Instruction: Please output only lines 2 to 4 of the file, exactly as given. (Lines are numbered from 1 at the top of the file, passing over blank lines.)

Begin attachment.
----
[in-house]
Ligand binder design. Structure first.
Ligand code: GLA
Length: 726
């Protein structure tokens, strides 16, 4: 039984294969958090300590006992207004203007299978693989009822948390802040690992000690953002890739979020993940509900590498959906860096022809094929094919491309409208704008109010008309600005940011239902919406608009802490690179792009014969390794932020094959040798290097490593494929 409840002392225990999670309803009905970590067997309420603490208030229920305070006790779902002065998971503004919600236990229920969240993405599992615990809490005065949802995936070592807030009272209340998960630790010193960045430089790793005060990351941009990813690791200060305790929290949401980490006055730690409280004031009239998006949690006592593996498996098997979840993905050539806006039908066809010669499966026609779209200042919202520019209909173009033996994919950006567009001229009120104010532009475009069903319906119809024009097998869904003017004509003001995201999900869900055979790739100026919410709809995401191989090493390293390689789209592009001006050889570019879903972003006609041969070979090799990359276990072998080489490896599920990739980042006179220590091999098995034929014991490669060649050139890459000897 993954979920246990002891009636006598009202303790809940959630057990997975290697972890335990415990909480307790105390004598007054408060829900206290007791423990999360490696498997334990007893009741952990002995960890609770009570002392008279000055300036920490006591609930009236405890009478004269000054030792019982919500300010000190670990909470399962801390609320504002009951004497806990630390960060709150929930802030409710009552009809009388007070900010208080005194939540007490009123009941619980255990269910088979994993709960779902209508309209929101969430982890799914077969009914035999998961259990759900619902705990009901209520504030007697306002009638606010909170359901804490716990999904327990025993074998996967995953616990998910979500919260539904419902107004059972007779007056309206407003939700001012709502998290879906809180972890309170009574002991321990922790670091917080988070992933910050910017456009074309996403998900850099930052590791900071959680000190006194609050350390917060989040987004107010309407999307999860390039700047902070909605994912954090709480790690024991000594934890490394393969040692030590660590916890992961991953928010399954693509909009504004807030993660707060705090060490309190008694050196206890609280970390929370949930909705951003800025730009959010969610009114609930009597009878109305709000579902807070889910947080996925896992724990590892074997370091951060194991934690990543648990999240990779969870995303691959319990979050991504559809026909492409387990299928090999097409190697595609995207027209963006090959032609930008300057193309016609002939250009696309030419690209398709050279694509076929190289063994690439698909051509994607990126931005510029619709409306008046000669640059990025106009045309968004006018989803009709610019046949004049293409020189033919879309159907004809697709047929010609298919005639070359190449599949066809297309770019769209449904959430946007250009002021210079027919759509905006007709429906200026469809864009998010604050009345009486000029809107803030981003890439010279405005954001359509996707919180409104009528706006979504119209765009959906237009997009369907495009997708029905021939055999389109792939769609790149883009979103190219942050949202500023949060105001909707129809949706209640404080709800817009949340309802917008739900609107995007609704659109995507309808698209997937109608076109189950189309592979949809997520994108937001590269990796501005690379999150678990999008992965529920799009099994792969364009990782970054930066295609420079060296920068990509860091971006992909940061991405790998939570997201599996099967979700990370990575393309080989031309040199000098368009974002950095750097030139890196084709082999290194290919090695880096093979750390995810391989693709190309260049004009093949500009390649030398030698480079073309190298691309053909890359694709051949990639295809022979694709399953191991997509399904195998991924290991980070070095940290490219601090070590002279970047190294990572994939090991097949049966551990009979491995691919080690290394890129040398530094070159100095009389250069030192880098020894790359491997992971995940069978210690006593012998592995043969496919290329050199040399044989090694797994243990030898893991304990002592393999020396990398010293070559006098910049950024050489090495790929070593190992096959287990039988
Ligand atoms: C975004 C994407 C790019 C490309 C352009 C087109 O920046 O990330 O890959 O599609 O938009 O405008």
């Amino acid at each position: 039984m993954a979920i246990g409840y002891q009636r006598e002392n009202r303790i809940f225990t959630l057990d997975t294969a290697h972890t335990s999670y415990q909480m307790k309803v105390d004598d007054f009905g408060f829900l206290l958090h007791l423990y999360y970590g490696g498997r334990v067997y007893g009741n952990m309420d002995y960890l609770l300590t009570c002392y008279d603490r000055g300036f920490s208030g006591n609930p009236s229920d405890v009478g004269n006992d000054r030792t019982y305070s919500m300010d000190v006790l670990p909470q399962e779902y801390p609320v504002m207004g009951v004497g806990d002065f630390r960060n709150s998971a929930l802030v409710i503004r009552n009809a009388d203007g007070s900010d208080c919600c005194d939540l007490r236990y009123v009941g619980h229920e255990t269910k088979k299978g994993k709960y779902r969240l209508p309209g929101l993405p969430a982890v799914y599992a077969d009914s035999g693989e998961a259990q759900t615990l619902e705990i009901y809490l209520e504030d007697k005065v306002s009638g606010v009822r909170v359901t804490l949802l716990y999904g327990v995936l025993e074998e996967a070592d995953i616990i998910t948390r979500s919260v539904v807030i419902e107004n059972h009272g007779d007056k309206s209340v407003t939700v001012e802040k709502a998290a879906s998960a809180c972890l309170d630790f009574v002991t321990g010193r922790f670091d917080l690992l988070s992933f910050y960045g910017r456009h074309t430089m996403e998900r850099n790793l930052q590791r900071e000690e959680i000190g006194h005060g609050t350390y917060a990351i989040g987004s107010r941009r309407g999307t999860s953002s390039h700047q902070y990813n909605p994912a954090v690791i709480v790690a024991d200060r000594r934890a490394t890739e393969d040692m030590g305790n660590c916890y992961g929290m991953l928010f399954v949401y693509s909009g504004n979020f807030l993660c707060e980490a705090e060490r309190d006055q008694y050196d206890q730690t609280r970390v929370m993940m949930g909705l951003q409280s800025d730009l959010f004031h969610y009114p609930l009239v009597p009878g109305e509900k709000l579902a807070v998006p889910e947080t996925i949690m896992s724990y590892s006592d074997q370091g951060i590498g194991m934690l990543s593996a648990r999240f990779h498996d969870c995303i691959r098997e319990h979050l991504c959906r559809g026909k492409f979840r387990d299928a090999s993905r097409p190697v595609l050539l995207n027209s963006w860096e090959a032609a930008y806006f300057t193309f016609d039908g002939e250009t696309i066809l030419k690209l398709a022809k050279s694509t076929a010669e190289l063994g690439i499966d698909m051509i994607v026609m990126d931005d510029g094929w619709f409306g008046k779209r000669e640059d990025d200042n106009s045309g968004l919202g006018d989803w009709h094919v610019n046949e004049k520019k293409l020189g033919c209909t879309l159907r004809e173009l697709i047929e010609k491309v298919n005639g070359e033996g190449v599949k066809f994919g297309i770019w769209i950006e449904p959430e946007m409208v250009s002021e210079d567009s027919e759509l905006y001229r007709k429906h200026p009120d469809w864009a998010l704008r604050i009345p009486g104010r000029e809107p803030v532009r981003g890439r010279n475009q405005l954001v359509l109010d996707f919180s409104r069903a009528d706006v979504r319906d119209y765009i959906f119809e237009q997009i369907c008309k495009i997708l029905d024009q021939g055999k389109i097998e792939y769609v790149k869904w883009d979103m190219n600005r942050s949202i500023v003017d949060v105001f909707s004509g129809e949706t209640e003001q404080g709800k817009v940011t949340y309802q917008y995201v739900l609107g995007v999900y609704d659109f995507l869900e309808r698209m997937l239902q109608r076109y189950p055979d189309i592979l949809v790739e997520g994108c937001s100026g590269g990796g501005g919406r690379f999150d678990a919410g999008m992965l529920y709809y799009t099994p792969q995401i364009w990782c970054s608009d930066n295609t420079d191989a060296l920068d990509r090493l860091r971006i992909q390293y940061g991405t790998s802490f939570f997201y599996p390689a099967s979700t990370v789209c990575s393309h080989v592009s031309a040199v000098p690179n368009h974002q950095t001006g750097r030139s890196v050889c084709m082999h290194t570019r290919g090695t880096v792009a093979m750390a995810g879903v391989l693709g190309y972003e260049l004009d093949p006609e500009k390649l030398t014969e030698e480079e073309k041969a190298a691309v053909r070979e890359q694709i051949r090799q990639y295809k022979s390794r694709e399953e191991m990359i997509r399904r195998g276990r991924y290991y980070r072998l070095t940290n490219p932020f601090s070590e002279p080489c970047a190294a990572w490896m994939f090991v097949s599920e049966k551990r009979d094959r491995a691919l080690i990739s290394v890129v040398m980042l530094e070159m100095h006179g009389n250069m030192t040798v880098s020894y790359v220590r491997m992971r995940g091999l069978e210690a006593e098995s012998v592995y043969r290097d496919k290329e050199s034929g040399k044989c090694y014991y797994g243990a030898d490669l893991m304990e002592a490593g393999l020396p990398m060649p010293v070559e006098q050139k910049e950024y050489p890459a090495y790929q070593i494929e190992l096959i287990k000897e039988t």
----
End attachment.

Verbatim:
Ligand binder design. Structure first.
Ligand code: GLA
Length: 726